edit on 14-2-2012 by Asktheanimals because: added comment



posted on Feb, 14 2012 @ 03:44 PM
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off-topic post removed to prevent thread-drift


 



posted on Feb, 14 2012 @ 03:47 PM
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reply to post by MConnalley
 


I don't get your reply?



posted on Feb, 14 2012 @ 03:58 PM
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Originally posted by ForbiddenHologram
reply to post by MConnalley
 


I don't get your reply?





That being said, I'm under the suspicion that the hominid made fire at the end of the Pliocene, which is a helluva a lot earlier than what OP proposes. If they were able to shape bones and stones at that time, I'm pretty sure that they would have discovered fire too.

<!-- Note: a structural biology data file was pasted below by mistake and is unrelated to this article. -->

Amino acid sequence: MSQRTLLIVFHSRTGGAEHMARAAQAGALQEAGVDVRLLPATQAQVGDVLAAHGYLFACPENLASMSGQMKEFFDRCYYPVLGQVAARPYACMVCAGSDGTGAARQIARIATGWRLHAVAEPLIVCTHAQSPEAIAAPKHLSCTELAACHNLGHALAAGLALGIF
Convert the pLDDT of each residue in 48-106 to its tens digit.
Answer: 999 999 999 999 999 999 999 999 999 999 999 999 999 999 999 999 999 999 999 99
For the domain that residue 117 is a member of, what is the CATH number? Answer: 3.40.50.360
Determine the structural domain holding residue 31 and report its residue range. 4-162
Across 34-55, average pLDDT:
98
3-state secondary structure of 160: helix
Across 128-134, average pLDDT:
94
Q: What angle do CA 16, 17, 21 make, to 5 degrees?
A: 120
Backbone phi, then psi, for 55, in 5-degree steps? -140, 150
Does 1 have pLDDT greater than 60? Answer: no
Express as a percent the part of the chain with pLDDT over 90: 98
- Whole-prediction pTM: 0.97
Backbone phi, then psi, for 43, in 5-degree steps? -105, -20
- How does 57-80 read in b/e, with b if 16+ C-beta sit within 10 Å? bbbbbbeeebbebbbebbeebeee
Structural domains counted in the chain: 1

The problem is proving it - no one has proven the existence of a heath with ash this far back. It is difficult to determine whether ash that is found is from natural fires instead of man made



posted on Feb, 14 2012 @ 04:08 PM
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When we "invented" fire, it must have been a lot like this great movie.

Quest For Fire



posted on Feb, 14 2012 @ 04:12 PM
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reply to post by Asktheanimals
 

Do we need modern steel to make flint fires?
Actually I've never thought about it much, but at least here Wikipedia says that flint fires are known in contemporary "primitive cultures", and the paleolithic: